My father Sydney Silverman was a left Labour MP for 33 years until his death, and a courageous campaigner for socialism. My one disagreement with him is his conversion to Zionism during the years of Nazi rule. In 1940 he was elected chair of the British section of the World Jewish Congress. In this capacity he was among the first to warn the world about Hitler’s “final solution of the Jewish question” and to mount a desperate worldwide campaign to save European Jewry from genocide. Three days after my birth, he visited the newly liberated Buchenwald and Belsen Nazi concentration camps as a member of a parliamentary delegation. A fellow member committed suicide soon afterwards.

Sydney Silverman MP, 1895-1968

In my early teens, as well as a member of the Young Socialists I was also a member of Hashomer Hatzair, a socialist Zionist youth organisation; an honoured previous member had been Mordechai Anielewicz, who had led the heroic doomed uprising in the Warsaw ghetto in 1943. I joined the Labour Party at the age of 15 and have been a member all my life, with the exception of the long “New Labour” years. I have encountered occasional manifestations of anti-Semitism in my life, but only once from a left activist – and never within the Labour Party.


The Jews throughout the Russian empire and central Europe enjoyed a rich cultural and political life, speaking their language (Yiddish), building their own welfare and youth organisations, cultivating their unique kletzmer music, staging concerts, theatre dramas, publishing newspapers, and organising their own mass socialist party the Bund, an autonomous party allied to the social-democratic parties of Russia and Eastern Europe.

1945, Buchenwald survivors arrive in Haifa to be arrested by the British

In the early years of the twentieth century there were many idealistic young people who emigrated to Palestine to build a new life free from ghetto misery and deprivation. Among these early Jewish settlers were many communist militants who successfully fought the Zionists and united Arab and Jewish workers in common struggle. One of these was a hero of the twentieth century Leopold Trepper, who later organised the clandestine Russian spy ring the Red Orchestra right under Hitler’s nose in Nazi Germany. He was eventually arrested and tortured by the Gestapo, and later, like so many others, rewarded by Stalin with ten years in a Soviet labour camp. In the 1920s Trepper (at that time he too was a member of Hashomer Hatzair) emigrated from Poland to Palestine and founded a joint Arab/Jewish trade union Ichad (Unity).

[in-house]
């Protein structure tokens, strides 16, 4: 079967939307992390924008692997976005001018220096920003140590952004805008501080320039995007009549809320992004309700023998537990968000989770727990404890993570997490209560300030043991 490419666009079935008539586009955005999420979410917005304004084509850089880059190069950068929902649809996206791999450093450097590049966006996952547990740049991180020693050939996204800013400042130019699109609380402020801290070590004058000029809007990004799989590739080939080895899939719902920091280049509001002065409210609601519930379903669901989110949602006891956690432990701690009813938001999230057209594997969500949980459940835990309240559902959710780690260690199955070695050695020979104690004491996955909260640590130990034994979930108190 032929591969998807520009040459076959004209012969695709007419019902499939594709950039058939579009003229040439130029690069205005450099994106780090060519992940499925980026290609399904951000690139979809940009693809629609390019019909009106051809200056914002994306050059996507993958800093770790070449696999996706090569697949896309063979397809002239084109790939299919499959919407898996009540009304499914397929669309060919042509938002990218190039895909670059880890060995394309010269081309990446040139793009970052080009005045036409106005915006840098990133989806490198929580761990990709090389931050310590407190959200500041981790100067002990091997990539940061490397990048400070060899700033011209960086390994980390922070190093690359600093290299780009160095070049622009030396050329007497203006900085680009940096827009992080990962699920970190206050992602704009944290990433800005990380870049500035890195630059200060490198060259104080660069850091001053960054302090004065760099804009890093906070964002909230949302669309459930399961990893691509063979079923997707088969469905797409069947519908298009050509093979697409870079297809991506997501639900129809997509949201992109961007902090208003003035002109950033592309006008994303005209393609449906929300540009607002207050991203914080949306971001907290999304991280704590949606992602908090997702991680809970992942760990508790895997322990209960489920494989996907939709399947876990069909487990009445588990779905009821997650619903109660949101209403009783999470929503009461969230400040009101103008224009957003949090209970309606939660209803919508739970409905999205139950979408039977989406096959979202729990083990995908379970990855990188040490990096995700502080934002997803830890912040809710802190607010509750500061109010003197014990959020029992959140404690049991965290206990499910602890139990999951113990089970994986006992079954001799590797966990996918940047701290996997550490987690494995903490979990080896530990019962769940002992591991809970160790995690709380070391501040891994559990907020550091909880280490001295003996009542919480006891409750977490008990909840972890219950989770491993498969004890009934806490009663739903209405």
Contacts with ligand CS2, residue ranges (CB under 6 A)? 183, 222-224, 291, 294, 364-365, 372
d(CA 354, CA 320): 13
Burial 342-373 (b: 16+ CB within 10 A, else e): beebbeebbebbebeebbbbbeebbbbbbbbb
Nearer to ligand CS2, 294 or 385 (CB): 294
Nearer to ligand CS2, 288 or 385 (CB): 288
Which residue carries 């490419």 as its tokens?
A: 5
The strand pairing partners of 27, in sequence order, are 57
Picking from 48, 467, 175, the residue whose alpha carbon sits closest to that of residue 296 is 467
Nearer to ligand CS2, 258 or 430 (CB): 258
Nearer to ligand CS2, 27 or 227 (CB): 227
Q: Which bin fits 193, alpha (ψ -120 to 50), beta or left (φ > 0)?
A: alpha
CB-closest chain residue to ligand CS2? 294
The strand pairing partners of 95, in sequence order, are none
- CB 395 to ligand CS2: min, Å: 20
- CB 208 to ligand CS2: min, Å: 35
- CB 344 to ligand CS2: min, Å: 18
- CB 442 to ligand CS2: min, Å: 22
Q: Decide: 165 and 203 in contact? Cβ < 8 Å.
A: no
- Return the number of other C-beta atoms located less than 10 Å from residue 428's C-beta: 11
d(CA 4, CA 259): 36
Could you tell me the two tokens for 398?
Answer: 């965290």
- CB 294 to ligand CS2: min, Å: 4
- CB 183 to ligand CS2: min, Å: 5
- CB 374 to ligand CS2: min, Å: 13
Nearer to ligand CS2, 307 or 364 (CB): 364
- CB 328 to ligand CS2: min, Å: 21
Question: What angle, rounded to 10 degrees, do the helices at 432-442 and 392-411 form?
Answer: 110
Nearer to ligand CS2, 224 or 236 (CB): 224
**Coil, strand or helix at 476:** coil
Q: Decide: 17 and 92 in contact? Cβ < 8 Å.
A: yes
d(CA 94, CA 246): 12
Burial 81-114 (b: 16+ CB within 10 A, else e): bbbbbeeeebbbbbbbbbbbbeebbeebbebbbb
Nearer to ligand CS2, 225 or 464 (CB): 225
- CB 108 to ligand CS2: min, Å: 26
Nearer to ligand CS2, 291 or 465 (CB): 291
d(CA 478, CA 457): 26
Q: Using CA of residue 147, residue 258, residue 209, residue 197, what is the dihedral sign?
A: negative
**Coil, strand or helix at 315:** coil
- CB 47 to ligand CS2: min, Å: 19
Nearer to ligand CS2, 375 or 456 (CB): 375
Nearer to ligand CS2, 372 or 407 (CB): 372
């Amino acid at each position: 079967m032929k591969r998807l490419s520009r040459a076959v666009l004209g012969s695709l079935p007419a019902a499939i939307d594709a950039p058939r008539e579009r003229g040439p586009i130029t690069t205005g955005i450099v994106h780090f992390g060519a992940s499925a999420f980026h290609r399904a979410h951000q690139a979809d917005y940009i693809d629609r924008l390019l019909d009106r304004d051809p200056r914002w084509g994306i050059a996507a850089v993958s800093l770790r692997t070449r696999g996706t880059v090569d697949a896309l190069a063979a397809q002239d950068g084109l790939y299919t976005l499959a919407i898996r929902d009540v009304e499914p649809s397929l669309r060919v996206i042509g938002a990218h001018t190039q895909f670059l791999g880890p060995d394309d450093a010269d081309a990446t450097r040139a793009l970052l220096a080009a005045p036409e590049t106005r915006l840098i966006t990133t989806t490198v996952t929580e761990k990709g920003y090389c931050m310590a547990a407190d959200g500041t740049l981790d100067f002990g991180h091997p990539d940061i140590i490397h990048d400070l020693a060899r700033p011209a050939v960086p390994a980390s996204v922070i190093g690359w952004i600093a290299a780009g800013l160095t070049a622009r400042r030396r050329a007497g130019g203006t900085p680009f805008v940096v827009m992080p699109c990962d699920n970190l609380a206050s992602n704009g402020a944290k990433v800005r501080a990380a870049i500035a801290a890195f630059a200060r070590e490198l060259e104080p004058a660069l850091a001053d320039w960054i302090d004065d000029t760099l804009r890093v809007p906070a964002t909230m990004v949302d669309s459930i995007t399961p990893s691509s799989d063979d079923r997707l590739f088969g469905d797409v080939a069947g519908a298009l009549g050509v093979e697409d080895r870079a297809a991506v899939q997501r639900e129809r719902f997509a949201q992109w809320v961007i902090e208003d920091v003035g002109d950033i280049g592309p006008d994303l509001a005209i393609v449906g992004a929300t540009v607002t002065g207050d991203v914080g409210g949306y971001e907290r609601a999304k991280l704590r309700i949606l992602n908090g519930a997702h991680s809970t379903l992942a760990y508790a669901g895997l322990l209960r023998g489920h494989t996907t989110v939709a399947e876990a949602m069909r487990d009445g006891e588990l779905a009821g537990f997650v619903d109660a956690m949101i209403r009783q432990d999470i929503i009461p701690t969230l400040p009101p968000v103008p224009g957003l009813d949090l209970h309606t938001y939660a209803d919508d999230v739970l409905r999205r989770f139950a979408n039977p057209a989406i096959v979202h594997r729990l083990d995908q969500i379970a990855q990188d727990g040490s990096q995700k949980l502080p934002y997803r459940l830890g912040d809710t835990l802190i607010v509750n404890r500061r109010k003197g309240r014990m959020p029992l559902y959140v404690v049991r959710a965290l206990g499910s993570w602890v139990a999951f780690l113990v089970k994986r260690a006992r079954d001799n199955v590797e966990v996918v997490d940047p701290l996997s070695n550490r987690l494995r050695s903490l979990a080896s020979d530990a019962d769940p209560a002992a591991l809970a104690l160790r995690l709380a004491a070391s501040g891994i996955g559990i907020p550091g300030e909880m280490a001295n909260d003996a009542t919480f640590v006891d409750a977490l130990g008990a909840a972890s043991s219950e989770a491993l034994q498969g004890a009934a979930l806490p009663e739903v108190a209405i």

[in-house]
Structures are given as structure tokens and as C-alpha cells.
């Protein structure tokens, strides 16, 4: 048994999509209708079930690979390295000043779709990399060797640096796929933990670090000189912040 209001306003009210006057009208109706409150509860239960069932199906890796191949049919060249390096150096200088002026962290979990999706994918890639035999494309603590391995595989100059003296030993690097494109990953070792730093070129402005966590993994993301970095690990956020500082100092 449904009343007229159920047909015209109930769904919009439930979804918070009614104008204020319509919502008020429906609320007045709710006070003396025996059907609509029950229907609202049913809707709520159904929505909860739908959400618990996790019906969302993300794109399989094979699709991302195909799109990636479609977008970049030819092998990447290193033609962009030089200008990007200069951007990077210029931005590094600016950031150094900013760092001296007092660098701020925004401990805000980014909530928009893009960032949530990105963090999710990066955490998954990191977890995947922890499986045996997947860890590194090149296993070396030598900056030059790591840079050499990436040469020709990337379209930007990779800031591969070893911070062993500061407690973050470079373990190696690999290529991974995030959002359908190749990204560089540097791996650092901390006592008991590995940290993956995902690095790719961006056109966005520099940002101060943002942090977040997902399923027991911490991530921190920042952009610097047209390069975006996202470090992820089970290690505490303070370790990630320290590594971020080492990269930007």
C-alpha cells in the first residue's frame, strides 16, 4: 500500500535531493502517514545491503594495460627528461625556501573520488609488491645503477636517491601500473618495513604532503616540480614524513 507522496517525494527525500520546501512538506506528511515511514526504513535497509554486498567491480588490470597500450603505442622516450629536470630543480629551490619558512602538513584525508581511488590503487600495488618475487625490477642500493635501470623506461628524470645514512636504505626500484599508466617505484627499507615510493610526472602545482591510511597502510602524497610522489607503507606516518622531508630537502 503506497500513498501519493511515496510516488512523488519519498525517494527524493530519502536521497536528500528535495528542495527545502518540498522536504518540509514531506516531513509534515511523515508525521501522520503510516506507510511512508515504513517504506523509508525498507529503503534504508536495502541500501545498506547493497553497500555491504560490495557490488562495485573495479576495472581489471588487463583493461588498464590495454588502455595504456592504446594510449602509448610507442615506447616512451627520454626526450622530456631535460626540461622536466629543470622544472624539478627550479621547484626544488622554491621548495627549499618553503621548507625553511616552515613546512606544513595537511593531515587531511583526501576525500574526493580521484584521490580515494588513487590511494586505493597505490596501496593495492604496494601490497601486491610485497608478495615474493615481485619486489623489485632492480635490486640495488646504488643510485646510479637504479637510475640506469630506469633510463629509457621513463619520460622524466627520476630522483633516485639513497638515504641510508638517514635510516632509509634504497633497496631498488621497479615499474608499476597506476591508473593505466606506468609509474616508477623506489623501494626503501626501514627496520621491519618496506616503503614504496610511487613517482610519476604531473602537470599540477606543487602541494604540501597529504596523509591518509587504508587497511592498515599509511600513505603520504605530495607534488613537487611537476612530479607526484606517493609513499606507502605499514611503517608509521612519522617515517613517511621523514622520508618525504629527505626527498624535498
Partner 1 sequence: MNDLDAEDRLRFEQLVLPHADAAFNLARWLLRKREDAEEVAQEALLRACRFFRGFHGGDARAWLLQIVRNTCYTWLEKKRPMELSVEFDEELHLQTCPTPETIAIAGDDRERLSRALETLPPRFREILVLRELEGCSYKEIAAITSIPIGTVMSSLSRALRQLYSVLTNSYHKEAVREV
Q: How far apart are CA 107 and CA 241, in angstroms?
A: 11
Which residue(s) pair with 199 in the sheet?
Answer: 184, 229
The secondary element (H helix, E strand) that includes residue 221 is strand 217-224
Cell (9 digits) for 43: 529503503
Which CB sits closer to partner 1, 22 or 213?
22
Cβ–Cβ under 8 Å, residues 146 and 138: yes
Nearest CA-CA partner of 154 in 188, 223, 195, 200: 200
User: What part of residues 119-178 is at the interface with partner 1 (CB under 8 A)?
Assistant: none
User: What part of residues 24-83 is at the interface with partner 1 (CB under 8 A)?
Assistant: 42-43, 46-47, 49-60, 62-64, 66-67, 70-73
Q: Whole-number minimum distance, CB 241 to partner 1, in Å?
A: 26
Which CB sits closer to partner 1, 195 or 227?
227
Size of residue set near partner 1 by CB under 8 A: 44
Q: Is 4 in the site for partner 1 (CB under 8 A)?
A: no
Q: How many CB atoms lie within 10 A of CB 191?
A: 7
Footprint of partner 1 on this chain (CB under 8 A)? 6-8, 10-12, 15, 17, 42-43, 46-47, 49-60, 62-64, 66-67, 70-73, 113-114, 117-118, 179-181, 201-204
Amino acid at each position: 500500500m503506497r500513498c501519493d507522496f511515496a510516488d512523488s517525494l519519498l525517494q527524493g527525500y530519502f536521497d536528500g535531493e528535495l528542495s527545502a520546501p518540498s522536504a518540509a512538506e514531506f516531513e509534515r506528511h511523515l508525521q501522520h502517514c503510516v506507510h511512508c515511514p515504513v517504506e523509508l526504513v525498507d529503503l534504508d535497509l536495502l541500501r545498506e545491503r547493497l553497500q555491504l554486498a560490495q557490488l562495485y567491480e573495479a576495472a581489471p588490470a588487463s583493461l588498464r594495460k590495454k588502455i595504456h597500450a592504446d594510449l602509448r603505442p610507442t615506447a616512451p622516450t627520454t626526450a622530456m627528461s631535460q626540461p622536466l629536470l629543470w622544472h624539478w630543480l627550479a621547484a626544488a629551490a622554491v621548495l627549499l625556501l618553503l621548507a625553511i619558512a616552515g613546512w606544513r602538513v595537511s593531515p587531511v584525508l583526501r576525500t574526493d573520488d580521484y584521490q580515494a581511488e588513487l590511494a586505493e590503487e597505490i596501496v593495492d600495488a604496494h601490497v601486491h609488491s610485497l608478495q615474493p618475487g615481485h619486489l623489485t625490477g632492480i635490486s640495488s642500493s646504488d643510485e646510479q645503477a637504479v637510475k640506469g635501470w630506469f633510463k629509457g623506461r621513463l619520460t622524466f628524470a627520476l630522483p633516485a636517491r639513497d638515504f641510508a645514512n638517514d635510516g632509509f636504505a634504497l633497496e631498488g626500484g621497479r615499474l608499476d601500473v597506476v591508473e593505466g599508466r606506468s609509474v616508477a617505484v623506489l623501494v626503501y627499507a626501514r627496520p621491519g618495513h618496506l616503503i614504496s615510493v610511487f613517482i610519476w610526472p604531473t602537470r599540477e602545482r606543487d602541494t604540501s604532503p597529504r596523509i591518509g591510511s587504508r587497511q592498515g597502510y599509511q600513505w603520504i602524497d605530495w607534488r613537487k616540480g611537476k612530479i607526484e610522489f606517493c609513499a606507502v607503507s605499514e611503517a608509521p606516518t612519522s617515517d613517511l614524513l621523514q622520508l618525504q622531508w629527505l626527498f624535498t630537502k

Zionism was originally little more than a fringe sect. It was only under the shadow of the swastika that it gained support as an expression of mass despair, a forlorn quest for a mirage promising escape from generations of age-old persecution. Israel was founded after the holocaust by victims fleeing the holocaust and the concentration camps. In that sense, Zionism was an outgrowth of the holocaust. It has subsequently proved a deadly trap and a tragic failure. Settlement in Palestine has not after all offered the Jews lasting security; Jews are no safer in Israel today than in Europe and America.


Still, it is necessary to understand how this phenomenon materialised. The Bund had been wiped out in the gas chambers, and for the survivors the prospects of rebuilding a thriving Jewish culture in Europe seemed hopeless.

I don’t agree with my father’s stance at that time but I understand it. He was later to fiercely oppose the Israeli participation in the Suez war in 1956, and died in 1968 outraged at the Israeli occupation of the West Bank after the 1967 war. But after the 2nd world war, he made an impassioned plea on behalf of the survivors of the concentration camps. There were 250,000 former concentration camp inmates still rotting in displaced person’s camps, many of them threatening mass suicide after years of incarceration. Just like today’s migrants crossing the Mediterranean, Jews desperately seeking escape from the threat of annihilation boarded refugee boats illegally crossing to Palestine. Both during and after the war, they came under direct military attack from British warships. It is estimated that out of a total of 142 voyages, over half were intercepted by British patrols; more than 1,600 were drowned at sea; about 50,000 ended up in internment camps; and only a few thousand actually entered Palestine.

Jewish refugees arriving in Palestine

To understand the plight of the holocaust survivors and the appeal of Palestine, listen to this explanation by a camp survivor, quoted in a speech my father made in 1946 …

Jewish refugees being arrested in London 1939

“There are thousands more like me and my story is the story of my entire generation as Jews… I am 28, and I have never eaten bread I have earned with my own hands. This shirt I wear was given me by the Red Cross; this coat I wear came from the partisans; this sweater— from my sisters in Palestine. My uncle in the United States sent me a dollar bill and J bought these boots I wear. During the war I was in the Ghetto. Later on I joined the partisans and I was called ‘the Jew’… As the war was over I returned to my town. Of 7,000 Jews, two small children remained… (Pulling out a battered photograph from his pocket)… “This is all that remains of my family. One went to the war, was taken prisoner and killed by the Germans, all the rest were slaughtered by Poles. I do not even know their graves… Here is a photograph of my mother and father. Both were killed by the SS… This is a photo of my school class. All who went to Palestine — six of them — survived. All who remained in Poland — 33 — are dead… My sisters in Palestine write, ‘We want to see you’. This is my story and it is the story of thousands, thousands more.”